3 Causes of Flashes of Light

3 Causes of Flashes of Light

Causes of Ocular Flashes

There are several causes of flashes.  The most common cause is a posterior vitreous detachment (PVD), but a retinal tear, migraine and inflammation can also cause the same visual symptoms.

In other articles, a PVD  and retinal tear have been well covered.

Flashes Due to Migraine

Without getting too specific, there are visual migraines that yield a scintillating light pattern, often confused with flashes.  The array of lights lasts about 20 minutes and migrates across the field of vision.  For instance, it may move from “right to left” over the 20 minute period.

This pattern generally resolves, or, there may be headache or other ocular symptoms that develop.  These, too, last only for a finite period.

Any migraine, or symptoms that you feel are migraine related, should be evaluated by a doctor as there are other neurologic conditions that can give the same symptoms.  This diagnosis, while seemingly benign, should be made as a diagnosis of exclusion, that is, make sure all other possibilities, such as tumor, are ruled out.

I often refer these types of cases to a neurologist or neuro-ophthalmologist to make sure I’m not missing something.

Flashes Related to Inflammation

Inflammation inside the eye is called uveitis, or iritis.  It is very similar in nature to arthritis, another type of inflammation.  Like arthritis of a joint, inflammation can occur just inside the eye.

Most commonly the inflammation is in the front of the eye, but on occasion, there can be types of inflammation affecting the retina.  Symptoms can include flashes of light.

The best way to diagnosis retinal or retinal vascular inflammation is with a dilated eye exam.  It is also probably prudent to seek the opinion of a retinal specialist in this case.

What Does This Mean?

In medicine, “everything has a differential.”  In other words, in medicine, for a given symptom, it is a doctor’s responsibility to think of all the causes of a particular symptom.

For instance, flashes of light are often caused by a PVD or retinal tear, but could be caused by migraine or inflammation.

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  • Mehdi
    Posted at 21:42h, 27 October Reply

    Dr. Wong, I am a young man from morocco. I was hit on the eye playing basketball and started seeing flashers since. The eye in question was injured 20 years ago which makes it very difficult to dilate so my doctor cannot see the peripheral retina. Is there any way to check out the peripheral retina without pupil dilation? How about the optomap? Thank you very much in advance for your consideration.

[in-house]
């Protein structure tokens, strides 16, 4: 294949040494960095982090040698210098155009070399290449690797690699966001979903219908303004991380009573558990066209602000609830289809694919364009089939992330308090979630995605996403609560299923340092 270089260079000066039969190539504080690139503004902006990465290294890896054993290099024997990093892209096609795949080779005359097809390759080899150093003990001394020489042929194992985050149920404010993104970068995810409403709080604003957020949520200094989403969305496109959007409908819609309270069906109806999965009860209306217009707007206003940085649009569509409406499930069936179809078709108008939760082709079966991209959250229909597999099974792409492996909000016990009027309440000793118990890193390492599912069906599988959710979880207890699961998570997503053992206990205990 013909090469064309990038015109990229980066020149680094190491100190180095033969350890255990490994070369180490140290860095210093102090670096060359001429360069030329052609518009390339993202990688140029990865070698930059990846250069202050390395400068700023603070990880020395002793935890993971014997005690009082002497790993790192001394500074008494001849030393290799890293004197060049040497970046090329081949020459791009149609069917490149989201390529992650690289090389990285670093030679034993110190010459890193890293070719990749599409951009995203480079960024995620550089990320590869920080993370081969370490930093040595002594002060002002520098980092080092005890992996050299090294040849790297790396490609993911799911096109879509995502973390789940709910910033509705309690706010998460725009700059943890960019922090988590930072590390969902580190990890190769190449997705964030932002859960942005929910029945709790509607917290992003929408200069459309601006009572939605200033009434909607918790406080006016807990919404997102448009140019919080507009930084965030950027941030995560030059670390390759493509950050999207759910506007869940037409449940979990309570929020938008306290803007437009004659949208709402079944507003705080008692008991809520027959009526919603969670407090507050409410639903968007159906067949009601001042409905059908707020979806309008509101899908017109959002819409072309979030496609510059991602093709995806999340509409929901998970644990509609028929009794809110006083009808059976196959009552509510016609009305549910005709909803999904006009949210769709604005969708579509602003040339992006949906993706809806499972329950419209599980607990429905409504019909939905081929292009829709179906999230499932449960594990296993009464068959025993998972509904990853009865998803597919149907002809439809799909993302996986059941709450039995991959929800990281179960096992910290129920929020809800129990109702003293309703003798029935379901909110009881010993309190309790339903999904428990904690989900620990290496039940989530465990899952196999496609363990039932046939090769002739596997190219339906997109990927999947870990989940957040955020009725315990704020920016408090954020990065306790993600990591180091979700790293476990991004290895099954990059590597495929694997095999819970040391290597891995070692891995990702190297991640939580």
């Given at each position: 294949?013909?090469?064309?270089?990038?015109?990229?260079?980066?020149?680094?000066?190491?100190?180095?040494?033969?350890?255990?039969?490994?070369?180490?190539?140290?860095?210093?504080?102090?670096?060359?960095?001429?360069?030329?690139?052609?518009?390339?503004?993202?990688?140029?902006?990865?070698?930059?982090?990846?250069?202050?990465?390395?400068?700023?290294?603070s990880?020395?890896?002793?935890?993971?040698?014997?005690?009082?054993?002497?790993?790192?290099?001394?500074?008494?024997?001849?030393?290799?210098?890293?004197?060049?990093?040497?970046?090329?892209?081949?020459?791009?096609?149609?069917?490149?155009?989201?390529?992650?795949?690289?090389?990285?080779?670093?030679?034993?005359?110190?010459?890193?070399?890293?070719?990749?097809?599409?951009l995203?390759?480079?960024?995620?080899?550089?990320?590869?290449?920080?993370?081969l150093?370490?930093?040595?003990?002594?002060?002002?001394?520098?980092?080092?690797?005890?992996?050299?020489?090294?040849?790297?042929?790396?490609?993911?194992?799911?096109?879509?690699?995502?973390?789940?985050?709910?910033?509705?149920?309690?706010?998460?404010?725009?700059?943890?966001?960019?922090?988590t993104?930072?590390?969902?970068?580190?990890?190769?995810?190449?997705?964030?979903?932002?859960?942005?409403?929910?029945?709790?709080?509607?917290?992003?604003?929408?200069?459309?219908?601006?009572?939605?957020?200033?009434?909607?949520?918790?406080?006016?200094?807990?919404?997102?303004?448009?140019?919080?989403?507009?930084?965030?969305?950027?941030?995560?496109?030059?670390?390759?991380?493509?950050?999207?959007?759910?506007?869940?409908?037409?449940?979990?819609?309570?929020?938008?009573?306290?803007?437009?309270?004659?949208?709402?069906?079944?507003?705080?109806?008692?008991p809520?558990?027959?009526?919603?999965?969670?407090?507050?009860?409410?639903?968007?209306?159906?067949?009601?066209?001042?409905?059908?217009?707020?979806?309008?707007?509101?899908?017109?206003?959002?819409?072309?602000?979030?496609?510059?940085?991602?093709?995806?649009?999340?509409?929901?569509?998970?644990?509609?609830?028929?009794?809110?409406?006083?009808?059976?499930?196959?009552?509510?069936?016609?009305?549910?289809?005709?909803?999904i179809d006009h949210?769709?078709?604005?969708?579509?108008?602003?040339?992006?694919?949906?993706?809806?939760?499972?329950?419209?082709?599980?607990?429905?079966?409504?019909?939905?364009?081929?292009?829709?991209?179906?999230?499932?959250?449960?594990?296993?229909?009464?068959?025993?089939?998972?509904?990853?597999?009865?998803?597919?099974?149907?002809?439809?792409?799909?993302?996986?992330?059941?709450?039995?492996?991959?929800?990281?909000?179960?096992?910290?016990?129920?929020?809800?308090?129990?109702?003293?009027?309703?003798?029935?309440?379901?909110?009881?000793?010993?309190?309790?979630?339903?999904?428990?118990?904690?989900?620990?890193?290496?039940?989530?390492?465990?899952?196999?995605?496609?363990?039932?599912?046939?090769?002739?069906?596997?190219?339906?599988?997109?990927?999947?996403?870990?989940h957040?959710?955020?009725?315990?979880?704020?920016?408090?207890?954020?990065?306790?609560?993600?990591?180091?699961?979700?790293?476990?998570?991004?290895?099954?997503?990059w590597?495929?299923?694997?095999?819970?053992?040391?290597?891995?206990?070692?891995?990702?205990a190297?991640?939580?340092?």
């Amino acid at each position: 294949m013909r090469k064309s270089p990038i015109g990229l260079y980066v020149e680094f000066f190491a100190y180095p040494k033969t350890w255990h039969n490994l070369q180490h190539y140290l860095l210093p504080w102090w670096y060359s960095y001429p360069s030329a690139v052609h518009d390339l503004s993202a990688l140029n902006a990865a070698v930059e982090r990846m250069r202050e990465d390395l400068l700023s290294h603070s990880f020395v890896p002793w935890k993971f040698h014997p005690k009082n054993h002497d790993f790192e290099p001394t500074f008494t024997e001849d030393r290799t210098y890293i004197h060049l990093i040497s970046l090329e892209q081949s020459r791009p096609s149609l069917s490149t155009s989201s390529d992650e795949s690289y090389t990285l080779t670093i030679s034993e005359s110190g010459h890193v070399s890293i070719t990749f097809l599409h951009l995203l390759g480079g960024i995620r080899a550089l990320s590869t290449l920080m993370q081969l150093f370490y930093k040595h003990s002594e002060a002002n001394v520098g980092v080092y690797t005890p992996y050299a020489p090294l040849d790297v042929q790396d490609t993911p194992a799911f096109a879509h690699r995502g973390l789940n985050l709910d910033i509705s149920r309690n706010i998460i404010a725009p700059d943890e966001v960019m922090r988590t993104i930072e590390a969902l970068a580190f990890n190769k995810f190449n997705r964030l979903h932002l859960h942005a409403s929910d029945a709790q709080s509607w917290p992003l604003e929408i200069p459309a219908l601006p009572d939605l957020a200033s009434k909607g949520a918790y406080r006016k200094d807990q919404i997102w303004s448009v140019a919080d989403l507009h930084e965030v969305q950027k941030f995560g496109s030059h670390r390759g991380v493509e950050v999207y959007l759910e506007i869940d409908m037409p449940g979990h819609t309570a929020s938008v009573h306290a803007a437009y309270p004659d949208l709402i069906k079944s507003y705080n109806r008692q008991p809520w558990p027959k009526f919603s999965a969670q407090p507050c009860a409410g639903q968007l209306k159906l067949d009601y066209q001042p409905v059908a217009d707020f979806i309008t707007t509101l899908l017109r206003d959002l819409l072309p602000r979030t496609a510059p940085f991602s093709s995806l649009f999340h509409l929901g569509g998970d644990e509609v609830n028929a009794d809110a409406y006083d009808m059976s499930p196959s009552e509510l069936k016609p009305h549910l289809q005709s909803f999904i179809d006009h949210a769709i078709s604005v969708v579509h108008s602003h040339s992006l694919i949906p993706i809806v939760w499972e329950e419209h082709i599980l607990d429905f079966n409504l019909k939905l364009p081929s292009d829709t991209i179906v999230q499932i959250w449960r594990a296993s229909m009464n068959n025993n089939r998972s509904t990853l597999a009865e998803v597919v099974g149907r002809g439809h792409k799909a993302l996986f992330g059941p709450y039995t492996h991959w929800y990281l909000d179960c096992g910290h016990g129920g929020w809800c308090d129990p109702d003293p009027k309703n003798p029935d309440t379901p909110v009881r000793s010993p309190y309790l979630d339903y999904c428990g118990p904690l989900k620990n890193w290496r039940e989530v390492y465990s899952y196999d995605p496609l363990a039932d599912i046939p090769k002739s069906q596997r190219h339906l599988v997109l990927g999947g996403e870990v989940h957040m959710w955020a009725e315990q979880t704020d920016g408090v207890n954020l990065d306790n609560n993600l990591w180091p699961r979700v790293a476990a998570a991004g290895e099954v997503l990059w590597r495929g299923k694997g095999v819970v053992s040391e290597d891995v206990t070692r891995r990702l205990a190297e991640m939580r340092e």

• Randall V. Wong, M.D.
      Posted at 10:33h, 05 November Reply

      Dear Mehdi,

      I think I may responded via email, but for the rest of the crew,

      an ultrasound of the retina, call a B-scan, is the next best thing to a dilated exam.

      Optomap are okay for screening and probably could detect an large/obvious retinal detachment.


  • Martha Garcia
    Posted at 14:04h, 04 January Reply

    I hit my left eye very hard on a the car trunk, and a day later started seeing flashes of light and today I’m seeing floaters, should I see an eye or medical doctor?

  • Darren
    Posted at 23:25h, 01 May Reply

    Dear Dr Wong,

    Are there specific flashes that are associated with a certain condition. For eg. i used to see sparkles in the side of my vision when my retina tore. Recently, i began to see something like a photography flash, and instead of it happening at the sides, it seems to affect the whole field of vision. Can this be a retina detachment?


  • Kirandeep
    Posted at 06:53h, 21 February Reply

    Hlo sir i am experiencing floaters from 3 years and now I am experiencing flashes of lights from 3 months and checked my retina multiple times now so my question is that can flashes can happen without pvd and i have vitreous degeneration my doctor says and my age is 20 now and after how much I should go for eye checkup my flashes are like camera 📸 flash blue spark and shooting stars and lightning at the corner of my vision flickering light they are most noticible in the thanks in advance for replying

    • Mike Rosco
      Posted at 01:11h, 05 March Reply

      Hey there,

      I am sympathetic with your plight, but can only recommend you follow the advice of your doctor as I don’t have the luxury of examining you as you are not my patient. In general, please advise your eye doctor of any sudden change in vision, especially new floaters.

      Best of luck,

      Mike Rosco, MD

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